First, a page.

Google defended its proposed $3.1 billion acquisition of Internet ad broker DoubleClick.com before a Senate committee, hoping to show that it isn't anticompetitive.
The deal is opposed by Microsoft and 'Net players on grounds that a merger would allow Google unprecedented power over the online ad business.
The Federal Trade Commission is reviewing the deal.
In what may bode well for Google, none of the Senators indicated they oppose the deal.
However, several said they were worried that the deal raised privacy concerns. It would allow Google to collect and store information when Internet users click on banner ads — even more information than they have access to now.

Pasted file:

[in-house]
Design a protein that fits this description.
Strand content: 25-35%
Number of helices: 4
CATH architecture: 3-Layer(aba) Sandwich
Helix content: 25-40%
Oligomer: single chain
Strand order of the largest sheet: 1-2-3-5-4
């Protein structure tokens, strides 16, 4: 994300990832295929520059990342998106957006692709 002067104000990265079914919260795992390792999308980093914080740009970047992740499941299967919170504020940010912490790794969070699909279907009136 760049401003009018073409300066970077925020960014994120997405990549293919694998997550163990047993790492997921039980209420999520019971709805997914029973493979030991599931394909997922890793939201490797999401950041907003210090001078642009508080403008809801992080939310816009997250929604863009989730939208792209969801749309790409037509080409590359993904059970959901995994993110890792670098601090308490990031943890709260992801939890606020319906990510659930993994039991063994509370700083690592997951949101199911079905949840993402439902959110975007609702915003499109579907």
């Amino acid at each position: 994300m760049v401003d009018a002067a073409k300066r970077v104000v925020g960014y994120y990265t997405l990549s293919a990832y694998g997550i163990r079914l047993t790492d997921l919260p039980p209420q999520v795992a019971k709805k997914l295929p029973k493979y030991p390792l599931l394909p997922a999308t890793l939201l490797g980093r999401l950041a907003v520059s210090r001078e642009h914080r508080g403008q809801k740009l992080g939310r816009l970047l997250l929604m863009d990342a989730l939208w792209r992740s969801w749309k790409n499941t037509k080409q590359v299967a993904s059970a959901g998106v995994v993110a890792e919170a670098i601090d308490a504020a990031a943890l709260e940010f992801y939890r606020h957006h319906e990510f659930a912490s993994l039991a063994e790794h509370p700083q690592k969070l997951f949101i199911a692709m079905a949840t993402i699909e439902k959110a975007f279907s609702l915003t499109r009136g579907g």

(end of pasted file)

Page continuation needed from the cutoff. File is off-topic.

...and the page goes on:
Democratic Sen. Charles Shumer of New York said he'd been assured by Google that it would take steps to protect customers' privacy.
Microsoft General Counsel Brad Smith charges that Google is already the biggest power in search advertising and that acquiring DoubleClick would allow it dominate banner advertising as well.
"In short, if DoubleClick and Google are allowed to merge, Google will become the overwhelming dominant pipeline for all forms of online advertising," Smith said.
Online advertising is already a $27 billion business, said Smith, and has become the economic fuel powering Internet growth.
But David Drummond, Google's chief legal officer, rejected the claim that the deal was anticompetitive. He said Google and DoubleClick don't compete head to head. Rather, he said, Google sells ads while DoubleClick is a broker between advertisers and Web sites.
"We've never sat around the boardroom and talked about out competition with DoubleClick. It's a very different business," said Drummond.